By Hui Ma, China Internet Weekly
July 20, 2009 3:00 PM PT
“This is the first truly large-scale commercial search that is based on image content. Content-based image search has been a focus of research for years, but no one had ever deployed it on as large a scale as images on the Internet.” It was not until the end of my interview with Jian Sun that this Lead Researcher of the Visual Computing Group at Microsoft Research Asia summed up the revolutionary changes "Show Similar Images" has brought to Microsoft's Bing Image Search.
Internet search in the past was never Microsoft’s strength. Google owes its success to keyword search, one of the most seductive cash cows in the Internet economy. In an era when fewer people bother to “read” anything except for images, Microsoft is poised to smash Google's confidence with its image search technology. The “law of the jungle” that Charles Darwin stipulated in his “Origin of Species” also applies to IT ecology: “The species that survive are not the most robust or intellectual, but are those who adapt the quickest to changes.”
The image search technology of Microsoft Research Asia falls back on the essence of computing, and attempts to improve user experience with a new approach.
At Microsoft Research Asia, the only constant element of innovation is change. The miracles derived from technological improvement are changing the habits of tens of thousands of users.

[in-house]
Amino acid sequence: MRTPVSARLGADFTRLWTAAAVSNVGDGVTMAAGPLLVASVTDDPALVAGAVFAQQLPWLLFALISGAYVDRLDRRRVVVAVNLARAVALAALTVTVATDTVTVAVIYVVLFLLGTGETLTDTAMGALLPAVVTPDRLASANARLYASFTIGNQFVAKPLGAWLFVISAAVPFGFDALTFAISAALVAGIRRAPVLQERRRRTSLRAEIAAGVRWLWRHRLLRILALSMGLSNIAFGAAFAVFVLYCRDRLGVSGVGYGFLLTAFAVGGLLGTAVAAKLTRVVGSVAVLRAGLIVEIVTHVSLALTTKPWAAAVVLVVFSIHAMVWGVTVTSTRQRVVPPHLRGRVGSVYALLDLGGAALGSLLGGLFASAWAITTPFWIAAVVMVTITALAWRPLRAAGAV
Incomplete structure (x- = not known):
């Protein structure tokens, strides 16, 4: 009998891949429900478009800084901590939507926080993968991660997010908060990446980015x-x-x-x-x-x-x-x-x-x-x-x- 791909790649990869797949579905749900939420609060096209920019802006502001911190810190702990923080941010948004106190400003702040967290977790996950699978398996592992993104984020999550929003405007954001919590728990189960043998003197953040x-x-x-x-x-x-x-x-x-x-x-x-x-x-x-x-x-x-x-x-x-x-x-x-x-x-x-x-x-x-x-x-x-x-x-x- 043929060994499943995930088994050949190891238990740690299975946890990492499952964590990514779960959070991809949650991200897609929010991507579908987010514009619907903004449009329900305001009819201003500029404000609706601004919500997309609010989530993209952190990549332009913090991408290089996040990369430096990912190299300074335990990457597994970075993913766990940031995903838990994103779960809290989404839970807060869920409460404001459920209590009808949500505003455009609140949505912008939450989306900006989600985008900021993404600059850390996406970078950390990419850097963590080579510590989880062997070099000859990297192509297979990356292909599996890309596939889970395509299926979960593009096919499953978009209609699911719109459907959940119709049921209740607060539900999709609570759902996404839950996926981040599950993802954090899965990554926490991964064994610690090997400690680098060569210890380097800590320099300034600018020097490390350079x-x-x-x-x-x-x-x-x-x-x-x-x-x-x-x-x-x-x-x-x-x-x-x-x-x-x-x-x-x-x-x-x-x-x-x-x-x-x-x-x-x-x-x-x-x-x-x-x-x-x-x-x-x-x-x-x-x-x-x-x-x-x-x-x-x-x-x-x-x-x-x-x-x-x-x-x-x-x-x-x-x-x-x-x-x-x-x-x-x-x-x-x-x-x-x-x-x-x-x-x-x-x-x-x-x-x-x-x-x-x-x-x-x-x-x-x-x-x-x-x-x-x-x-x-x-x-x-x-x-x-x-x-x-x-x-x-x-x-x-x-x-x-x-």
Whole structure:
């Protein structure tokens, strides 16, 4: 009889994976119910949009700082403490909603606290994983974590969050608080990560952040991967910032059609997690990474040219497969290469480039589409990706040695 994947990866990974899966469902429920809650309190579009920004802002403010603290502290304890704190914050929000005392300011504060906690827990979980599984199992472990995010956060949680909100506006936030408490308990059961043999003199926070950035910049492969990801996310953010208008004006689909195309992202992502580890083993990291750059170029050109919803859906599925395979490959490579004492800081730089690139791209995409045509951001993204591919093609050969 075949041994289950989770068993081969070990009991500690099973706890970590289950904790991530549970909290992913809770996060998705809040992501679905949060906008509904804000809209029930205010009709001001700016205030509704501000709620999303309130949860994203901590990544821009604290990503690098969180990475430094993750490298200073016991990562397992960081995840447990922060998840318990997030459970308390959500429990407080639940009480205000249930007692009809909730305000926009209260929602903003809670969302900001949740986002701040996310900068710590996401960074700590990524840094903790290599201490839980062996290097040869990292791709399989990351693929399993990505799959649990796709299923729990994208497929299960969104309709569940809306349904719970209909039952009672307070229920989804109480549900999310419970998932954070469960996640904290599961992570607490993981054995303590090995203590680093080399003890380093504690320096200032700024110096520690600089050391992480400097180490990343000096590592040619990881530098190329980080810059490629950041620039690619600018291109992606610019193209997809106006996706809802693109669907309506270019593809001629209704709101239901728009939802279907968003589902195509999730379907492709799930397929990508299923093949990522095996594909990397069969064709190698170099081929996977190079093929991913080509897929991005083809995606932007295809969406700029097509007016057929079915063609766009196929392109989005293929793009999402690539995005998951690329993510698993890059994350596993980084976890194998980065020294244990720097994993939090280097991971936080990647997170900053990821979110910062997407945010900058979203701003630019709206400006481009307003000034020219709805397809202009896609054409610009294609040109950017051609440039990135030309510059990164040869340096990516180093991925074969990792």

When working on a PhD at the Institute for Pattern Recognition and Artificial Intelligence, Sun was exposed to studies similar to computer vision. Sun joined Microsoft Research Asia in July 2003 and is currently engaged in research projects related to interactive computer vision and internet computer vision. “Computer vision, in essence, is to tell a computer how to recognize objects.”
Image search engines available on the market are somewhat confusing either in that pictures are difficult to describe, or because keywords are too simple or ambiguous, both of which lead to haphazard search results.
There are two basic approaches to image search: computer vision-based, and plain text-based. The classic way of thinking in image research goes like this: with text-based search engines, the sooner the user leaves the results page, the more accurate the results likely are; with an image-based search engine, it’s the opposite – the sooner the user leaves the more likely it is that she hasn’t found what she is looking for.
“A picture is worth a thousand words” is an understatement. What if there is a way to fine-tune the search results?
“Content-based image search engines do not perform ideally as they slow down due to massive data processing; text-based engines, for their part, cannot support longer or multiple keywords, and often come back with images either irrelevant or containing misinterpreted messages,” Sun explained. “Microsoft took the third path that combines the two approaches: perform a text-based search first, and re-rank the results according to their similarity, which makes it easier to find desired results.”
Re-ranking returned image search results with a non-text-based query method -- the "Show Similar Image" tool created by Microsoft Research Asia -- allows users to do this: he or she can point to any item from preliminary results from a text-based search, and re-submit a request. Re-ranking of search results based on visual similarity to a designated image can be accomplished with a single click of the mouse.